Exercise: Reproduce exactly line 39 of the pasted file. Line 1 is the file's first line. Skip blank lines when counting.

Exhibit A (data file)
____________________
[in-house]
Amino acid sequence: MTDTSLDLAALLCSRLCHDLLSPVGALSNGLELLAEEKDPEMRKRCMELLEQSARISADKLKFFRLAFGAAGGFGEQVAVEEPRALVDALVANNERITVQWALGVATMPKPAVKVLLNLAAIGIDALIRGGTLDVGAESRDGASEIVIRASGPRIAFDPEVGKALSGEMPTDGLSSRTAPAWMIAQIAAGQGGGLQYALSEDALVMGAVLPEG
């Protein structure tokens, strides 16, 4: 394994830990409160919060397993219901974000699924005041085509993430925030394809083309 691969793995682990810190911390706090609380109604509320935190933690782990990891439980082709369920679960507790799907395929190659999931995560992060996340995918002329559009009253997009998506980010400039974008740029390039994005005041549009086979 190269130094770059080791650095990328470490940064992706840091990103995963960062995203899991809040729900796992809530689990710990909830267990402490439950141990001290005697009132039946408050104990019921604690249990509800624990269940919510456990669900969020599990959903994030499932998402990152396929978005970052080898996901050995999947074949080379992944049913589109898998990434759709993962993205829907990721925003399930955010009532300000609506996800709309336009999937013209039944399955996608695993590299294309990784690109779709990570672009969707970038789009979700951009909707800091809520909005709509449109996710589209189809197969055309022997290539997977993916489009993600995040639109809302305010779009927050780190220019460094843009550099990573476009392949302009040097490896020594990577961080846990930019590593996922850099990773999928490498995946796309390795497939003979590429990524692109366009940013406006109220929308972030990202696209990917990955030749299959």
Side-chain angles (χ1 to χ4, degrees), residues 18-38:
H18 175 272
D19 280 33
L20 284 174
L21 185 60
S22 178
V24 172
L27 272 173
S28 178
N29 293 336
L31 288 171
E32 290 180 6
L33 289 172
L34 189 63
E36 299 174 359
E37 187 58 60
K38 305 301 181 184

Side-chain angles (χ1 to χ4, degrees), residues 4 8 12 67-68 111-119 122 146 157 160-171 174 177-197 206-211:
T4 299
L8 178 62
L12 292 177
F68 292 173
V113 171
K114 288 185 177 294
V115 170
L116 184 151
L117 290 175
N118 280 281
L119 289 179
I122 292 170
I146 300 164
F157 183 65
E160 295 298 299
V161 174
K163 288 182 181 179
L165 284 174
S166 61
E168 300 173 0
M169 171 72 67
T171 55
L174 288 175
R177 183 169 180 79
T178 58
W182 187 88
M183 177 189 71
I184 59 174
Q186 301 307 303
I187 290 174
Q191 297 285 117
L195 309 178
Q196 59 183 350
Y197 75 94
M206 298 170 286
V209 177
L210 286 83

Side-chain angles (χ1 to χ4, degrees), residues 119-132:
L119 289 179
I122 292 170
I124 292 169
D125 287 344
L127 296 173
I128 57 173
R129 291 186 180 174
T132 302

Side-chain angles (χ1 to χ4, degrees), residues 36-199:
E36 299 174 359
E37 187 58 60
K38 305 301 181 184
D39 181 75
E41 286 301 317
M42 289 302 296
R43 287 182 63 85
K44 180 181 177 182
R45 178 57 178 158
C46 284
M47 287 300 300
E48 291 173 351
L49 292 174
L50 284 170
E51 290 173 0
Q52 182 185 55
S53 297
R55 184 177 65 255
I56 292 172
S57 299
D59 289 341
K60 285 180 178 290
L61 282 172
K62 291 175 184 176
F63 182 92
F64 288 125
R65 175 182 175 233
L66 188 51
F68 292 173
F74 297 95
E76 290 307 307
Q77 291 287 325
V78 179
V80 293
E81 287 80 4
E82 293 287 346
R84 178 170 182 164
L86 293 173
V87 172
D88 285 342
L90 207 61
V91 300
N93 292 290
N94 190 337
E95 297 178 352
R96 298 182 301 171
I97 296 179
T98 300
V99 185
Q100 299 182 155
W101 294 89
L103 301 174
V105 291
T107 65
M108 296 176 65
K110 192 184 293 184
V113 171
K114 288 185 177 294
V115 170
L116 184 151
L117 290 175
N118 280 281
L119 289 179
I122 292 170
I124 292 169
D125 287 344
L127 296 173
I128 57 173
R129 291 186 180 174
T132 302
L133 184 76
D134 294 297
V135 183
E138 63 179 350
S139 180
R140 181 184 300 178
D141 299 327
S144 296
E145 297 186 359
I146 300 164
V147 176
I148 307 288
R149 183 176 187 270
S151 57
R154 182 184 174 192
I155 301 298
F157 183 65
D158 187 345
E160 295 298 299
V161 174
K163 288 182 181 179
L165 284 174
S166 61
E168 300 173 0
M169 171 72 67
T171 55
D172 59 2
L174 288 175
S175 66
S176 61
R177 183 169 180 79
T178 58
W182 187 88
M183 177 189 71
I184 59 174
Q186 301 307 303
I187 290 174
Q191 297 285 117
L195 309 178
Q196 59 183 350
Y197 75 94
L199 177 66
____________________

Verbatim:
L165 284 174